Neither pro- or anti-choice individuals seem capable, or quite honestly willing, to change their view on when life begins. With this being said, it shouldn’t be acceptable to force someone who fundamentally disagrees with the assertion that life begins at conception to bend to the will of those who do.
More than this, individuals who get abortions often are those same individuals pushing anti-choice rhetoric. The Guttmacher Institute found that the most common religious affiliation for individuals getting abortions, if they had one at all, was Catholics at 24% of all patients.
Preaching and practice are different, as anti-choice individuals getting abortions clearly illustrates. The frustration of many pro-choice individuals stems from being told what to do with their bodies by a group that was once politically pro-choice, is religiously disconnected to them and often enjoy the rights they try to strip from others.
Incentivization of citizens through lawsuits
Senate Bill 8 incentivizes everyday citizens to essentially tell on individuals giving assistance in obtaining an abortion after the six-week mark. Any private individual, both in and outside of Texas, can sue anyone trying to help someone get an abortion.
In court, they could collect $10,000 for each abortion they report. This money will come directly from whomever tried to assist someone in gaining access to medical care or guidance. Citizens will be deputized to report medical professionals attempting to do their jobs.
What this means for North Dakota
The North Dakota Senate is overwhelmingly Republican. As of Jan. 1, 2021, abortion in the state will be banned if Roe v. Wade is overturned. The Supreme Court’s refusal to step up in Texas is a scary message to women about what the court would rule should Roe v. Wade be presented once again.
This decision was made possible in Texas, and could be made possible in North Dakota by the same people using the “My body, my choice” slogan as a way of poking fun at the pro-choice argument while arguing against masks and vaccines.
Of course, this line of reasoning misunderstands how masks are worn to protect others and vaccines help control the spread to at-risk individuals, while the choice over having to carry a pregnancy to term — in this case, a pregnancy that could have result from rape or incest — is and should remain a personal choice.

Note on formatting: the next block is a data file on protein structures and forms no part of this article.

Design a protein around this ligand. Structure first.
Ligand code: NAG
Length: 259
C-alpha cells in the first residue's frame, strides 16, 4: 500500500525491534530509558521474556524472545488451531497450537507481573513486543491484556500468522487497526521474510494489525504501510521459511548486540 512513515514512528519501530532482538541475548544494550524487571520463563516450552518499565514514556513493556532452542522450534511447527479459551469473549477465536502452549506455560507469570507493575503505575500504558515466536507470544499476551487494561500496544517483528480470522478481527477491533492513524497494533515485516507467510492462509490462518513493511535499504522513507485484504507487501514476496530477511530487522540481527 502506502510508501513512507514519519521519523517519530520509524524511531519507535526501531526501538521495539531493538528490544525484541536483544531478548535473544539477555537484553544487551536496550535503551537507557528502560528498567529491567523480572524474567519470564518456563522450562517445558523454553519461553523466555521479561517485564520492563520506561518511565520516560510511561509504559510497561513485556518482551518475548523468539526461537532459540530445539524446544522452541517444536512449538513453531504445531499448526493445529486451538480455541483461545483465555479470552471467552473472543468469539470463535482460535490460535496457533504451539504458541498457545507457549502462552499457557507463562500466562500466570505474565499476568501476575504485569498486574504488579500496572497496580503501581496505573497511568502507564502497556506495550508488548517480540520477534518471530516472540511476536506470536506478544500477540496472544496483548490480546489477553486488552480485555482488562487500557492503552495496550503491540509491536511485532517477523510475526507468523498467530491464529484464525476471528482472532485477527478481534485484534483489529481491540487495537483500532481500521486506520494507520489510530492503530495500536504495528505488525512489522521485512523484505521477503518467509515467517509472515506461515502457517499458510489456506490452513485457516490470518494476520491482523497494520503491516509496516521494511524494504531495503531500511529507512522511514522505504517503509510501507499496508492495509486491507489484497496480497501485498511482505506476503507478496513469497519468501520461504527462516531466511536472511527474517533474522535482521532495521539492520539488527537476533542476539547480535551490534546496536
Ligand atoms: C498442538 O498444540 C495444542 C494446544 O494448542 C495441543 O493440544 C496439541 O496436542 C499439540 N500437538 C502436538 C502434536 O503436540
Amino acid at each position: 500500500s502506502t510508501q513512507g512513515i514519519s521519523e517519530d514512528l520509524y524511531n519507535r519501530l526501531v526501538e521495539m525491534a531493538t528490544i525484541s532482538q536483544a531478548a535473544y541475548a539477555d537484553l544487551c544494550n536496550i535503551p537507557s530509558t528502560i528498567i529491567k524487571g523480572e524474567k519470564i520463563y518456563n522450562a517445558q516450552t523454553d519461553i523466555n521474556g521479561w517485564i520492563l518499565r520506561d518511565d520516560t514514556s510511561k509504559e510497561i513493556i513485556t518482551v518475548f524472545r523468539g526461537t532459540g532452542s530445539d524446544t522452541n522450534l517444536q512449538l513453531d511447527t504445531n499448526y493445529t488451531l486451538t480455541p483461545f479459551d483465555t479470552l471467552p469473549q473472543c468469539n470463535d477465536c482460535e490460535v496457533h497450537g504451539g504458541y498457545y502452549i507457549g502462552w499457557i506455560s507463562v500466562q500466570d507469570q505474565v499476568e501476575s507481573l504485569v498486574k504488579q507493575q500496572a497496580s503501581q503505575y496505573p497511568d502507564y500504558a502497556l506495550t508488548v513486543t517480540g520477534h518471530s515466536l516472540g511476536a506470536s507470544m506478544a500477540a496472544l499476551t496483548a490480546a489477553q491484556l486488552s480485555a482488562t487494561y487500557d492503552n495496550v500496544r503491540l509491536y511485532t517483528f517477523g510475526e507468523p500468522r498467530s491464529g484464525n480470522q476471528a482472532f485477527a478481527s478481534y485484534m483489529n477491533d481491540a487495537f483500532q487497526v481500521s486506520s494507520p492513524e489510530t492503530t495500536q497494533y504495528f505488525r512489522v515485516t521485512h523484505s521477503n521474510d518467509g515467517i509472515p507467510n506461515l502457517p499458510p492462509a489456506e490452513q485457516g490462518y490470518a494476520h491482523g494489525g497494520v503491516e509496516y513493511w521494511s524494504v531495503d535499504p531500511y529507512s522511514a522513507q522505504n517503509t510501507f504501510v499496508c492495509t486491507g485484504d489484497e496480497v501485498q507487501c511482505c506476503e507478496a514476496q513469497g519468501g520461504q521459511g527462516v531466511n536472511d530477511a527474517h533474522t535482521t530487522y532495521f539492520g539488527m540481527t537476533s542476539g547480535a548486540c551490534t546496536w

The point is, if anti-choice supporters can connect the dots about how horrific it is to enforce decisions about someone else’s body — even in a way that contorts how the science of a mask works and equates donning a piece of cloth to the medical, financial and emotional commitment of carrying a baby — then they understand that denying choice is wrong.
Why should an individual’s personal, and often religious, beliefs infringe on the rights of others when that choice doesn’t affect them? Or, as is the belief of the majority of Americans and most medical professionals, when the decision truly doesn’t affect anyone outside of the individual making the choice to get an abortion at all?
If you think an embryo that is a cluster of cells, is a baby with a heartbeat — ignoring that embryos don’t have hearts — then there is little I could say to convince you otherwise. The fact that medical professionals, the majority of Americans and most religious and political organizations up until the 1970s disagree with you hasn’t changed your mind, how could I?
Still, please be cognizant that your personal and religious beliefs should not dictate the lives of individuals who choose to trust science and their own bodies over your opinions. To force others to make the same decisions you would or wouldn’t make in the same situation, shouldn’t be tolerated.
Right now is a time to be there for your mothers, sisters, friends and all those assigned female at birth. Their rights are at risk and this is an upsetting time.
Personally, I’m angry and upset that religious ideas I don’t share and beliefs that contradict the knowledge I have of my own body could be used to tell me what to do with it.
As someone who has experienced rape, I’m angry that individuals who have suffered through similar experiences could be forced to carry a reminder of their assault every day without choice.
I’m angry, but mostly scared for the future and how what has happened in Texas could set a precedent in other states, including North Dakota. Abortions could be almost completely illegalized and health professionals and friends could be used to punish individuals attempting to make the best decision for their lives.
If you’re anti-choice, honestly, I don’t really care. Keep your thoughts, religion and policies to yourself. I’m happy to let you have them so long as you allow others to have the same freedom of choice over their lives and allow them to do so in a way that is safe.
If, but more likely when, new laws are proposed on abortion in North Dakota, I know I won’t be alone in trying to fight these new policies. But I ask those who remain neutral, or even those who disagree with me: Either help me protect all those at risk of losing their reproductive rights — people who currently have lives, hopes and dreams — or please and kindly, back the f**k off.